This article examines the ethics of ambiguity formulated by existentialist authors in the 1940s, linking it to turn-of-the-century debates on ethics between philosophy and the social sciences. The underlying thesis is that, rather than representing a radical conceptual novelty, the ethical thought of Jean-Paul Sartre and Simone de Beauvoir, strained between freedom and situation, constitutes a revisiting and updating of philosophical positions from the landscape of the Third Republic. To demonstrate this, the thought of Frédéric Rauh is examined. Indeed, (...)
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  19.  28
    The Ambiguity Dilemma for Imprecise Bayesians.Mantas Radzvilas, William Peden & Francesco De Pretis - forthcoming - The British Journal for the Philosophy of Science.
    How should we make decisions when we do not know the relevant physical probabilities? In these ambiguous situations, we cannot use our knowledge to determine expected utilities or payoffs. The traditional Bayesian answer is that we should create a probability distribution using some mix of subjective intuition and objective constraints. Imprecise Bayesians argue that this approach is inadequate for modelling ambiguity. Instead, they represent doxastic states using credal sets. Generally, insofar as we are more uncertain about the physical probability (...)
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  20. Ambiguity Aversion behind the Veil of Ignorance.H. Orri Stefánsson - 2021 - Synthese 198 (7):6159-6182.
    The veil of ignorance argument was used by John C. Harsanyi to defend Utilitarianism and by John Rawls to defend the absolute priority of the worst off. In a recent paper, Lara Buchak revives the veil of ignorance argument, and uses it to defend an intermediate position between Harsanyi's and Rawls' that she calls Relative Prioritarianism. None of these authors explore the implications of allowing that agent's behind the veil are averse to ambiguity. Allowing for aversion to ambiguity---which (...)
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  21. Ambiguity Tests, Polysemy, and Copredication.David Liebesman & Ofra Magidor - forthcoming - Australasian Journal of Philosophy.
    A family of familiar linguistic tests purport to help identify when a term is ambiguous. These tests are philosophically important: a familiar philosophical strategy is to claim that some phenomenon is disunified and its accompanying term is ambiguous. The tests have been used to evaluate disunification proposals about causation, pain, and knowledge, among others. -/- These ambiguity tests, however, have come under fire. It has been alleged that the tests fail for polysemy, a common type of ambiguity, and (...)
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  22.  6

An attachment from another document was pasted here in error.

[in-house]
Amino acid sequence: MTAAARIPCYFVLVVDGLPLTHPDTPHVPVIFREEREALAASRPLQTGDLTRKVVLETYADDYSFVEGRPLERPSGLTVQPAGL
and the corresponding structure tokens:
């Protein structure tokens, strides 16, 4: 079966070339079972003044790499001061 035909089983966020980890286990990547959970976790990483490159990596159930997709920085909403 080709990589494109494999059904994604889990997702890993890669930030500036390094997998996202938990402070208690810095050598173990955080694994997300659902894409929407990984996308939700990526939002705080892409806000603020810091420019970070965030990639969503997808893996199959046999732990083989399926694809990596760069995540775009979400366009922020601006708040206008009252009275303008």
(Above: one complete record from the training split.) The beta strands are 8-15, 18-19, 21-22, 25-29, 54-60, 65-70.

Ambiguity and Precarious Life.Ann V. Murphy - 2012 - In Shannon M. Mussett & William S. Wilkerson (eds.), Beauvoir and Western Thought From Plato to Butler. State University of New York Press. pp. 211.
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  23. The ambiguity aversion literature: A critical assessment.Nabil I. Al-Najjar - 2009 - Economics and Philosophy 25 (3):249-284.
    We provide a critical assessment of the ambiguity aversion literature, which we characterize in terms of the view that Ellsberg choices are rational responses to ambiguity, to be explained by relaxing Savage's Sure-Thing principle and adding an ambiguity-aversion postulate. First, admitting Ellsberg choices as rational leads to behaviour, such as sensitivity to irrelevant sunk cost, or aversion to information, which most economists would consider absurd or irrational. Second, we argue that the mathematical objects referred to as “beliefs” (...)
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  24.  6
    The Ambiguity of Justice: New Perspectives on Paul Ricoeur's Approach to Justice.Geoffrey Dierckxsens (ed.) - 2020 - Boston: Brill.
    _The Ambiguity of Justice_ consists of a collection of essays that address difficulties and potential contradictions in thinking justice by focussing on Ricoeur's theory of justice and on the major thinkers that were influential for it.
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  25.  29
    Inherently Ambiguous: Facial Expressions of Emotions, in Context.Ran R. Hassin, Hillel Aviezer & Shlomo Bentin - 2013 - Emotion Review 5 (1):60-65.
    With a few yet increasing number of exceptions, the cognitive sciences enthusiastically endorsed the idea that there are basic facial expressions of emotions that are created by specific configurations of facial muscles. We review evidence that suggests an inherent role for context in emotion perception. Context does not merely change emotion perception at the edges; it leads to radical categorical changes. The reviewed findings suggest that configurations of facial muscles are inherently ambiguous, and they call for a different approach towards (...)
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  26. The Ambiguity Theory of “Knows”.Mark Satta - 2018 - Acta Analytica 33 (1):69-83.
    The ambiguity theory of “knows” is the view that knows and its cognates have more than one propositional sense—i.e., more than one sense that can properly be used in “knows that” etc. constructions. The ambiguity theory of “know” has received relatively little attention as an account of the truth-conditions for knowledge ascriptions and denials—especially compared to views like classical, moderate invariantism and epistemic contextualism. In this paper, it is argued that the ambiguity theory of knows has an (...)